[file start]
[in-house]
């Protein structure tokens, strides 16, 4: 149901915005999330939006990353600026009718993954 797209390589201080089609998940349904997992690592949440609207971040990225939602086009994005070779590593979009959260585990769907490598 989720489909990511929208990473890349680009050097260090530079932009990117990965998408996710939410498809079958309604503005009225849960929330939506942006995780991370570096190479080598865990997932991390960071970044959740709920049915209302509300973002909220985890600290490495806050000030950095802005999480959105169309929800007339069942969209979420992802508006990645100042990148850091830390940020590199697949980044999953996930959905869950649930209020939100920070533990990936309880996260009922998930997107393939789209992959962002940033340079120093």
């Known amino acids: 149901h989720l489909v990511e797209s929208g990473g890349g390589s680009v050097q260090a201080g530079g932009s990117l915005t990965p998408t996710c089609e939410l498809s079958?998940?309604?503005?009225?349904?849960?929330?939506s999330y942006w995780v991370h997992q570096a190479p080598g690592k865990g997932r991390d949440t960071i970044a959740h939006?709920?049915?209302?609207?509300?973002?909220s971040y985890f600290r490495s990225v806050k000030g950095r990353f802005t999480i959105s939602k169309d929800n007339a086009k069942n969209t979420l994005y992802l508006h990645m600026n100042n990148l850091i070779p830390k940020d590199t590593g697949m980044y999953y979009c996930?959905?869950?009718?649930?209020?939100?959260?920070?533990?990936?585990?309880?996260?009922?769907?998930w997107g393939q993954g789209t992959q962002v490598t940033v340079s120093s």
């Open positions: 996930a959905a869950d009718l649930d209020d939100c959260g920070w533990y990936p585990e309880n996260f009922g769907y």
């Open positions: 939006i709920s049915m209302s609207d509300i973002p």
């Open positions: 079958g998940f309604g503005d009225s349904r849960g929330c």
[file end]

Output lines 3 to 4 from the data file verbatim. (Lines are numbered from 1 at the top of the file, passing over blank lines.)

């Known amino acids: 149901h989720l489909v990511e797209s929208g990473g890349g390589s680009v050097q260090a201080g530079g932009s990117l915005t990965p998408t996710c089609e939410l498809s079958?998940?309604?503005?009225?349904?849960?929330?939506s999330y942006w995780v991370h997992q570096a190479p080598g690592k865990g997932r991390d949440t960071i970044a959740h939006?709920?049915?209302?609207?509300?973002?909220s971040y985890f600290r490495s990225v806050k000030g950095r990353f802005t999480i959105s939602k169309d929800n007339a086009k069942n969209t979420l994005y992802l508006h990645m600026n100042n990148l850091i070779p830390k940020d590199t590593g697949m980044y999953y979009c996930?959905?869950?009718?649930?209020?939100?959260?920070?533990?990936?585990?309880?996260?009922?769907?998930w997107g393939q993954g789209t992959q962002v490598t940033v340079s120093s």
């Open positions: 996930a959905a869950d009718l649930d209020d939100c959260g920070w533990y990936p585990e309880n996260f009922g769907y």